things that have to go in

Recently, I went to the New-York Historical Society—don't ask me about that hyphen, I have no idea—to peruse an exhibit of Robert Caro artifacts. Caro, author of The Power Broker and four volumes (so far) of the definitive Lyndon Johnson biography, bequeathed his archives to the museum a couple of years ago.

I've belabored the importance of word count goals before (whether or not you have an outside deadline to meet). Caro has never met a book deadline he couldn't miss (by years) but blame his extensive research process. He's definitely been writing:

One of Robert Caro's word count logs

That photo makes me happy.

Also striking was another document on display. Previously, I've discussed the usefulness of a punch list: a set of writing tasks kept separate from the manuscript. You get to a point in developing a book where it helps to see all the remaining work in one place, not scattered throughout the document as a series of comments. Collating makes it easier to grasp the scale of the remaining work—and plan accordingly.

As it turns out, Caro keeps punch lists, too:

Robert Caro's "Things That Have to Go In"

A top-down view helps with any large document: chapter, book, whatever. Some tasks—"tighten this section by 100 words"—might take only an hour or so. Others will require days of effort: "Explain French Revolution here." When budgeting your remaining time, you must gauge the scale of each task before deciding which one to tackle first. Otherwise, you risk blowing your temporal budget on a slew of minor changes only to realize you've left something crucial (and massive) untouched.

When I tutored for the SAT, kids would get stuck on challenging problems early in the test. Instinctively, they'd keep working on them until they had an answer. This strategy might make sense in high school calculus, but it's deadly on the SAT, where questions aren't arranged in difficulty order. Meanwhile, each correct answer counts equally toward your score. Typically, after sinking a disproportionate amount of time into a handful of complicated questions in the first half, they'd run out of time on the second with many easy questions still unanswered.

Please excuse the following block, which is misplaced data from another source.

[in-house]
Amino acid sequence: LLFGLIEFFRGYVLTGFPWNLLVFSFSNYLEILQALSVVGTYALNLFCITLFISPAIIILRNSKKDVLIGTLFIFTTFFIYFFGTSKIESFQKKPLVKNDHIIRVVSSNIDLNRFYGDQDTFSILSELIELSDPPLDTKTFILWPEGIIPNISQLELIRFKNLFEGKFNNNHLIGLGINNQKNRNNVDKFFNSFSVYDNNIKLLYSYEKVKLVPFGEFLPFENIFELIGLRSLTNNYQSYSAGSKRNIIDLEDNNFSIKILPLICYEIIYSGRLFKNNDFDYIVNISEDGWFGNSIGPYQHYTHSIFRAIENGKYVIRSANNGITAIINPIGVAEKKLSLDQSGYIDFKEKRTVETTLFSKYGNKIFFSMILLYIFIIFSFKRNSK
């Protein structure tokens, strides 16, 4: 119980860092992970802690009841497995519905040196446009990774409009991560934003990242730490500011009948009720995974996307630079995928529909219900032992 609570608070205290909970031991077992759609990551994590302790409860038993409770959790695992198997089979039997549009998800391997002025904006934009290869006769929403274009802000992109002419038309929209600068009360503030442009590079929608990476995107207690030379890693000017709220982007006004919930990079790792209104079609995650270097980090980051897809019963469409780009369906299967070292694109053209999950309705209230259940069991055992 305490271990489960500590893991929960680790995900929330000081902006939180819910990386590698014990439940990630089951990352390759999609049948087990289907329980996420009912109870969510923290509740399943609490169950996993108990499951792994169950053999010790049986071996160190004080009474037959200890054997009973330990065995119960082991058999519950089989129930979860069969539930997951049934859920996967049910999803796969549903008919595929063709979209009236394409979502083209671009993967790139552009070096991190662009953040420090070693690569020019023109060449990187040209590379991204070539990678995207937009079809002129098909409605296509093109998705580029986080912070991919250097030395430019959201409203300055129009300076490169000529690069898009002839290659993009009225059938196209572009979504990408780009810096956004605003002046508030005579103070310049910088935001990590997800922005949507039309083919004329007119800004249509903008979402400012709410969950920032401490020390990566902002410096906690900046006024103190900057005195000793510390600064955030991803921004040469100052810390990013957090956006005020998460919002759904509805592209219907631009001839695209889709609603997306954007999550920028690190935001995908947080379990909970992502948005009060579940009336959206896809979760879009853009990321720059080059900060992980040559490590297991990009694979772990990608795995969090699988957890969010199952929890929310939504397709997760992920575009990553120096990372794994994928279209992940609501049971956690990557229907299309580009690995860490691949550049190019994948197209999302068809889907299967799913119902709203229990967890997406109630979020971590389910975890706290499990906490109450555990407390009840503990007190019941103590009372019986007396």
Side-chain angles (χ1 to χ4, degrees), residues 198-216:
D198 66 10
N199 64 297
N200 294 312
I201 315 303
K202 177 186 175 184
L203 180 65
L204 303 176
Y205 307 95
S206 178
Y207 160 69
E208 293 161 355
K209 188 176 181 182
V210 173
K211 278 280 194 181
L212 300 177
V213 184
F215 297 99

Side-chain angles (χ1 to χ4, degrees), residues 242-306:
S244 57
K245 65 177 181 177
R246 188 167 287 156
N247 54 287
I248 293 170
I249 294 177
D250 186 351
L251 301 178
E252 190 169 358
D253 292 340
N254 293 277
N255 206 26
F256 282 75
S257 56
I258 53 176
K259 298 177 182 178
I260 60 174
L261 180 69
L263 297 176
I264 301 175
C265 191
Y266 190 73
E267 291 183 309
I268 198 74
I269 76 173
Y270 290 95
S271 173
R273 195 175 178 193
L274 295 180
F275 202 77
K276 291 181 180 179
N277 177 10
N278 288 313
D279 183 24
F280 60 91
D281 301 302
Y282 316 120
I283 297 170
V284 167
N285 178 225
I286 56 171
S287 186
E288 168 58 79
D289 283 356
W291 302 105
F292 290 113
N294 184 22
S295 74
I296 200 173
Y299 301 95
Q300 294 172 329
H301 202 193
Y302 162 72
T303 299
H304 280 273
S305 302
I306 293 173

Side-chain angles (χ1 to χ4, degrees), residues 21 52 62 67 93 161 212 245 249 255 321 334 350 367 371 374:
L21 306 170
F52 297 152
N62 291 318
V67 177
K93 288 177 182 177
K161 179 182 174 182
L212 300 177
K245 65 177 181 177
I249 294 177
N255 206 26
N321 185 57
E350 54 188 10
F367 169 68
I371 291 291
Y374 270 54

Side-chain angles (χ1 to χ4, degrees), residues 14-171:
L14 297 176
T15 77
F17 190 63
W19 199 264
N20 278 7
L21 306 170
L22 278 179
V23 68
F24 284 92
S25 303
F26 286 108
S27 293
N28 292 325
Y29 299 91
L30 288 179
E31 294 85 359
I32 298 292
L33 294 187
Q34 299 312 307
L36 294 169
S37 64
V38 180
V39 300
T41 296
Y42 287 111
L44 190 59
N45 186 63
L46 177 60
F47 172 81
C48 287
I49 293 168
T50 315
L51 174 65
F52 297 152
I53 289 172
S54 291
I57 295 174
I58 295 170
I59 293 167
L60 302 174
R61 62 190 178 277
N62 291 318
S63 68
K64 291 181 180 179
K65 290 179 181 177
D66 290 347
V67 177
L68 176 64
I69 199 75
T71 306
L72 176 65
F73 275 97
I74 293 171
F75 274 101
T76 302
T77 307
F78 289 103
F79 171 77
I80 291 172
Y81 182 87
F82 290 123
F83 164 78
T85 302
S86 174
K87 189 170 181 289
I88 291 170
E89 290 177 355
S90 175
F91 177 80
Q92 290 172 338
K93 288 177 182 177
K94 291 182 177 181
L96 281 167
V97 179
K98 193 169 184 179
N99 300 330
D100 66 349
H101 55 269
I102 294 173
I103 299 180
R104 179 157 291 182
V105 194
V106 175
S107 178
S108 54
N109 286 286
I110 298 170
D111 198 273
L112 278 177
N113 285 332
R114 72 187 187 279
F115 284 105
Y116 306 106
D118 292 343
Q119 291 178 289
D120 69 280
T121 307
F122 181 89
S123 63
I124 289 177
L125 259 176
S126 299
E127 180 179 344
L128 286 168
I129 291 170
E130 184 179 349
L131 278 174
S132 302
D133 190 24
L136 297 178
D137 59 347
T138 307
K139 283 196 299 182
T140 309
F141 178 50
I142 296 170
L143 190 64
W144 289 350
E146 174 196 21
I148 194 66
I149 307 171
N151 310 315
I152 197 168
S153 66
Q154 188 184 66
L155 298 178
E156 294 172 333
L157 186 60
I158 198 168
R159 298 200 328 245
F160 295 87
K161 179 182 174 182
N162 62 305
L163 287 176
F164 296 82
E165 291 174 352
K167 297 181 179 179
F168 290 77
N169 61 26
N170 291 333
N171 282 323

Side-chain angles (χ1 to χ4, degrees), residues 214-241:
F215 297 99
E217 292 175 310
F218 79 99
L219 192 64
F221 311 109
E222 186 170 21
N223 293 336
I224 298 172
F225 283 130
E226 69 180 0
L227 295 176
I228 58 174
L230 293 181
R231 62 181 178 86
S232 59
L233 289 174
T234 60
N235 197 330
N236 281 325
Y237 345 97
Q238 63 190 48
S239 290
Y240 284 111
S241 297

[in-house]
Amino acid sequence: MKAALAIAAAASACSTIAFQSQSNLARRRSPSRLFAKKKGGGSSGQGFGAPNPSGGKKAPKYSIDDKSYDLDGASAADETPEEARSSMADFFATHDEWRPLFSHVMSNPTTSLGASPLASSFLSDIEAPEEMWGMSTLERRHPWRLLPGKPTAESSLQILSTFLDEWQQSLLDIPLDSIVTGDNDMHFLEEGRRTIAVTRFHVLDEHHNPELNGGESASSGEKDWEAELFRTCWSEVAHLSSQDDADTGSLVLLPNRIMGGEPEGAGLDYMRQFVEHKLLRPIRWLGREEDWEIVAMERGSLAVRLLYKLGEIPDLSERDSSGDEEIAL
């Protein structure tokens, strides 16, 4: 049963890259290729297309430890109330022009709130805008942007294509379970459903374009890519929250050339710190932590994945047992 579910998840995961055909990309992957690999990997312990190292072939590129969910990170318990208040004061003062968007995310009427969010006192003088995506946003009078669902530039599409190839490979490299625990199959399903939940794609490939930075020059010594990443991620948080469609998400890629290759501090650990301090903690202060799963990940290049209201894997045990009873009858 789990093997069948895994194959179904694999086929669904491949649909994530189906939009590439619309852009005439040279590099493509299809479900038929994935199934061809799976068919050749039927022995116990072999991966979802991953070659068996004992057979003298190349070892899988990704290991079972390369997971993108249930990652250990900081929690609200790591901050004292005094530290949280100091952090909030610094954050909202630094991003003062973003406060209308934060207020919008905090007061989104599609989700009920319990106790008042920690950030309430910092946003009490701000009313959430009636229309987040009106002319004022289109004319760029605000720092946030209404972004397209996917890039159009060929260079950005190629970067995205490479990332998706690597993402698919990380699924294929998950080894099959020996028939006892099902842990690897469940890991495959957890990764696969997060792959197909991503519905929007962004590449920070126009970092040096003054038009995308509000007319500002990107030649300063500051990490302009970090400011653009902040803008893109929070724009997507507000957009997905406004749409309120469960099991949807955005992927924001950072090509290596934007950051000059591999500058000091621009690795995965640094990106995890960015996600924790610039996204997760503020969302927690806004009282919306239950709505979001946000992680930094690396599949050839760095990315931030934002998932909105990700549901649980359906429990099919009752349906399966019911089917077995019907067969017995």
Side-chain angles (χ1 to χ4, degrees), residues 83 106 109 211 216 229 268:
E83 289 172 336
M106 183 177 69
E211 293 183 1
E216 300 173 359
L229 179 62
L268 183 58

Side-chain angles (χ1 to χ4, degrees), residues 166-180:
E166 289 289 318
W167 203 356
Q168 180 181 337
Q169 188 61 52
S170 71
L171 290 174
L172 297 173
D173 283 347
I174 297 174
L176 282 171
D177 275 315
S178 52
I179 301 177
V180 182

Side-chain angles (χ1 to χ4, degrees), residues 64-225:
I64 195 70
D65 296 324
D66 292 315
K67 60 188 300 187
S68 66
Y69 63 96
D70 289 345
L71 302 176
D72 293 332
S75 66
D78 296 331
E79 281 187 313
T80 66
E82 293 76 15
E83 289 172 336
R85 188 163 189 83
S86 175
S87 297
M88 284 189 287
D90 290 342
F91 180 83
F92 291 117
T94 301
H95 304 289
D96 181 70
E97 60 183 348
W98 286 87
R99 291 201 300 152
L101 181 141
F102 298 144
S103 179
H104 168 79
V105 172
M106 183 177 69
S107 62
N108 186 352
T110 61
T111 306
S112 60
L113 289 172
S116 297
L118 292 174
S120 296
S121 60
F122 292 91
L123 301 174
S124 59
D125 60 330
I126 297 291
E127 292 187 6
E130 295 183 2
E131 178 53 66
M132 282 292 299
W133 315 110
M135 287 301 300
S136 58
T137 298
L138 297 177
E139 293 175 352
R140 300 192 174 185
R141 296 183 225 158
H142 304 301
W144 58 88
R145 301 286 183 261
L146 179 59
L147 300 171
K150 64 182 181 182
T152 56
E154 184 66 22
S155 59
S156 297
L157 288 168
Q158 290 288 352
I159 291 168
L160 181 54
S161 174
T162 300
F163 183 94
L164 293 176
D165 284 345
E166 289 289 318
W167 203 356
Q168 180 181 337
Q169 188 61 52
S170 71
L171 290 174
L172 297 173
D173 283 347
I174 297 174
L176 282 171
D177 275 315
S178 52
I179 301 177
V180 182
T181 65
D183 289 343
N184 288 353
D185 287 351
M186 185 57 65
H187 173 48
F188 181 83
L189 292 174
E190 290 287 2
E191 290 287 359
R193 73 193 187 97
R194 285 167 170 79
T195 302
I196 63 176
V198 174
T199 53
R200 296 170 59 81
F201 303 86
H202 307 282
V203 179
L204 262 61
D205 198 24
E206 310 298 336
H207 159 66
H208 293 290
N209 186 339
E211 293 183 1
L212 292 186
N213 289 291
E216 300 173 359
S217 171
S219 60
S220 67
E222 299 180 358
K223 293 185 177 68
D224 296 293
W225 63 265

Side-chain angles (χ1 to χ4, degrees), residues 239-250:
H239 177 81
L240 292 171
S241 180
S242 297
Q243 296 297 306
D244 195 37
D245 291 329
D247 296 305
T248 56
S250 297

Instead, I'd advise them to skip all the hard questions and answer only the ones they know they can solve quickly. Having gotten to the end of the test, they could then go back and address the tougher ones until the clock ran out. (Save your money—this is the only technique that boosts an SAT score. You're welcome.)

Contrariwise, a manuscript punch list ensures that you are addressing the most important and often the most challenging problem. More minor tweaks can always be resolved later if time permits.

p.s. One more SAT tip: On a multiple-choice question, it's always worth guessing. There's no longer a quarter-point penalty. If your kid is stuck, tell them to cross out any answers that can't be right and guess from the remaining options. Now you really owe me.

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